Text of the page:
Samantha Harrison knew she wanted to pursue a career that advanced social justice when she enrolled in George Mason University. When she discovered the community health major at a Mason event, her interest was piqued.
“Then I took Global Health, and I instantly fell in love with it,” she said. “This is definitely my career.”
Harrison, who is graduated this spring with a bachelor’s degree in community health with a global health concentration, said that discovering the community health degree provided her with a comprehensive way to achieve her ambitions to bring equity to communities through well-being.
She first got involved in community health while in high school in New Jersey. Having grown up in a county that is a food desert, she began volunteering with a community garden program to bring fresh produce to the area. Her passion for helping others continued at Mason. Harrison, who was scheduled to complete an overseas internship in 2020, found her program cancelled at the start of the COVID-19 pandemic. So, instead she helped at COVID clinics and with vaccination education efforts in Northern Virginia.
In addition to her work during the pandemic, Harrison worked with an area nonprofit on a comprehensive sex education curriculum and as a social services intern in the Mason and Partners (MAP) Clinics to connect uninsured and low-income patients with needed services.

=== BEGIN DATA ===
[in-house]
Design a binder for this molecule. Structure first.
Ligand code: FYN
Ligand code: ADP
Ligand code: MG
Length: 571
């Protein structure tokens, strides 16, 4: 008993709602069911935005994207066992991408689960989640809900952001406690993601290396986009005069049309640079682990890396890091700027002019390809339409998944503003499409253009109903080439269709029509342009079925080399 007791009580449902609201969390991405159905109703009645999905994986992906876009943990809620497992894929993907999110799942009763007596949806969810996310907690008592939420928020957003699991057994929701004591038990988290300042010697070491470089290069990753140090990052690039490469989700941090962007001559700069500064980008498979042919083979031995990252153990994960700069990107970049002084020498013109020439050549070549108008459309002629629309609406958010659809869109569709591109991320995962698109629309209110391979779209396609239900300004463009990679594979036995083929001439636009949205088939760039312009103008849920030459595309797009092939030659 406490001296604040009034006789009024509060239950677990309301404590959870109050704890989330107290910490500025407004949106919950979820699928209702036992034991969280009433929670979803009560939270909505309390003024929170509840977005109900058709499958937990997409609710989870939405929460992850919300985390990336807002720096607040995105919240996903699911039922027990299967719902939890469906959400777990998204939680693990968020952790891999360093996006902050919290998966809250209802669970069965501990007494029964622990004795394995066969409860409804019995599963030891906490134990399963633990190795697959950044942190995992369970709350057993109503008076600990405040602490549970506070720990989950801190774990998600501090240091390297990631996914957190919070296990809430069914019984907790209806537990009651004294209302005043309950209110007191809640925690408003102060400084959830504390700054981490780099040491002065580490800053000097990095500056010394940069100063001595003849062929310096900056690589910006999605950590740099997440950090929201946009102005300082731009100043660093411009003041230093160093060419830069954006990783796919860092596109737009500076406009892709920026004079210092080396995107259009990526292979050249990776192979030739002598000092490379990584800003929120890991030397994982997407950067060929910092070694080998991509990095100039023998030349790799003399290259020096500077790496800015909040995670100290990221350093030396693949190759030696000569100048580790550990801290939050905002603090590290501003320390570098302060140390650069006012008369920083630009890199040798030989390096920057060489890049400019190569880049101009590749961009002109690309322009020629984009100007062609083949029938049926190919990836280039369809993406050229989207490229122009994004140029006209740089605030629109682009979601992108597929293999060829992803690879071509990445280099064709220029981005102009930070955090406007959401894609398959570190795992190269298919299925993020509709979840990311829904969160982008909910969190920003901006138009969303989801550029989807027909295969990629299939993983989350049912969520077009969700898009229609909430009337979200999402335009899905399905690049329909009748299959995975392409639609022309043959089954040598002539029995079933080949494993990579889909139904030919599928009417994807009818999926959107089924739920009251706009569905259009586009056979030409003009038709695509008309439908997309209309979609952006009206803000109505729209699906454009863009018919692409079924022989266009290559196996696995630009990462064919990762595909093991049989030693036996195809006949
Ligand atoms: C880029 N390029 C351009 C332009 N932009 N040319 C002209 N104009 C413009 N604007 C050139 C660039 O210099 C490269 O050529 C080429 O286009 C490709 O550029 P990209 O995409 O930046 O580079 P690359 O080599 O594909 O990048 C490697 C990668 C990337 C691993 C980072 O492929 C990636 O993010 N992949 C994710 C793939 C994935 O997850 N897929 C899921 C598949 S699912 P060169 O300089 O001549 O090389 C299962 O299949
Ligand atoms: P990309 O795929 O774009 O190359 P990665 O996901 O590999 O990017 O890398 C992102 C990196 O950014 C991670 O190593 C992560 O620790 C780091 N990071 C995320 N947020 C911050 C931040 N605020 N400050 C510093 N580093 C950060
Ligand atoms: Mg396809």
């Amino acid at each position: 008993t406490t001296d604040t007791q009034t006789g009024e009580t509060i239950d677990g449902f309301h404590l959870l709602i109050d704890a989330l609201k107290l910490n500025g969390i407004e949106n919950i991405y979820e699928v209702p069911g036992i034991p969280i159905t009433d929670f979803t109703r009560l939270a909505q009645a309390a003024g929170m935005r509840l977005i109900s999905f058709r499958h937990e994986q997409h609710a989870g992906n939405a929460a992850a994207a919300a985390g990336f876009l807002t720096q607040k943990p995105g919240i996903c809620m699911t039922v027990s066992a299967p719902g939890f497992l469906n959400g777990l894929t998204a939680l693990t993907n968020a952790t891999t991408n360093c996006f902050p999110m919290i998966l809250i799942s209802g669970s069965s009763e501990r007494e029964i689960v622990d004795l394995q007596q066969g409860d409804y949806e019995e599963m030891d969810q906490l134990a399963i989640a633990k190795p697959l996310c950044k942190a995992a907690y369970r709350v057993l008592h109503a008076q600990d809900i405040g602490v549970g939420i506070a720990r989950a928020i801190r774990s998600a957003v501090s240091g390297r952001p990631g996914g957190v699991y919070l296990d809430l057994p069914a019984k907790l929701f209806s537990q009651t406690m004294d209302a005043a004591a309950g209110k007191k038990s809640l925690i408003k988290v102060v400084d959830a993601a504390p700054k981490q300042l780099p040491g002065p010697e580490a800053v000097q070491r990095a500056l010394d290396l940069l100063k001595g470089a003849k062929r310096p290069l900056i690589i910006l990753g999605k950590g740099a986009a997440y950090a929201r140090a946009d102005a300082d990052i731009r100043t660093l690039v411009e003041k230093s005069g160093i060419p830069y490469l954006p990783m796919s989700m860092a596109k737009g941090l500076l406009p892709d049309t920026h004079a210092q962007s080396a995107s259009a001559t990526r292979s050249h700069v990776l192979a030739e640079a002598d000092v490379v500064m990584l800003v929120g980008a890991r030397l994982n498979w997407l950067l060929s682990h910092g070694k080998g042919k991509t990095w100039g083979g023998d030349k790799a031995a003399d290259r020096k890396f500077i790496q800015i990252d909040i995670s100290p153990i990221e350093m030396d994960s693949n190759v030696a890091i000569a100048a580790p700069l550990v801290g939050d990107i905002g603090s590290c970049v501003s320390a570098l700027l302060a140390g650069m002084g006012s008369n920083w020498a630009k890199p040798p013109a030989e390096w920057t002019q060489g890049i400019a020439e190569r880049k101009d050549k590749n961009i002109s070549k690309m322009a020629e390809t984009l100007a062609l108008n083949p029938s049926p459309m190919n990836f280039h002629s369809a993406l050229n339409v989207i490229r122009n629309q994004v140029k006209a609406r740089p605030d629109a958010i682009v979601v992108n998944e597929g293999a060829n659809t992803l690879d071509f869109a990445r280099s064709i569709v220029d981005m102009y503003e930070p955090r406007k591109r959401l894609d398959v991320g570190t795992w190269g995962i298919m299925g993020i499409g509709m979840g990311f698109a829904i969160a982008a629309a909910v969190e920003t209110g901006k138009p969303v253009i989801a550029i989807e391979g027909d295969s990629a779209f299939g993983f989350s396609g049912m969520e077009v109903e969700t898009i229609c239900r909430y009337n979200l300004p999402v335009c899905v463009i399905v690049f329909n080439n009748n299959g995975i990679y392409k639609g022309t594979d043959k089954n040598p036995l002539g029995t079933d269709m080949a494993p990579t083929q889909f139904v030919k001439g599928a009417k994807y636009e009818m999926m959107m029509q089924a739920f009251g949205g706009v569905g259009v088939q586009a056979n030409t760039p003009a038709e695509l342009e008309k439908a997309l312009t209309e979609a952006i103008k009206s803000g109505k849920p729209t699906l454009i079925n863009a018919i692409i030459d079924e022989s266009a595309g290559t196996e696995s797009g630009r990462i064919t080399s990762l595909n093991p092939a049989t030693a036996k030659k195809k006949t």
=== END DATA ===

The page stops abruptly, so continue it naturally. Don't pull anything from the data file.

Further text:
For her many efforts during her undergraduate career, Harrison was recognized at the College of Public Health Student Awards Ceremony with an Overall Excellence Award from the Department of Global and Community Health.
"Samantha Harrison has been an excellent student and is always looking for learning opportunities,” said Brian Gillette, director of student success for the Department of Global and Community Health. “Samantha has demonstrated outstanding leadership, service to her community, academic excellence, and there are no words to describe her value as a person.”
After graduation, Harrison will begin the AmeriCorps and Centers for Disease Control Public Health Informatics Training Program. She will again work with the MAP Clinics, this time to help create interactive dashboards to give providers better data to improve patient care. She will also be deployed to the Fairfax County Health Department for similar work.
While she’s participating in the informatics training program, Harrison says she will also expand her current part-time role as a patient access associate with Inova Health Systems to a full-time position. Eventually, Harrison hopes to become a public health analyst working on programs for uninsured and underrepresented populations.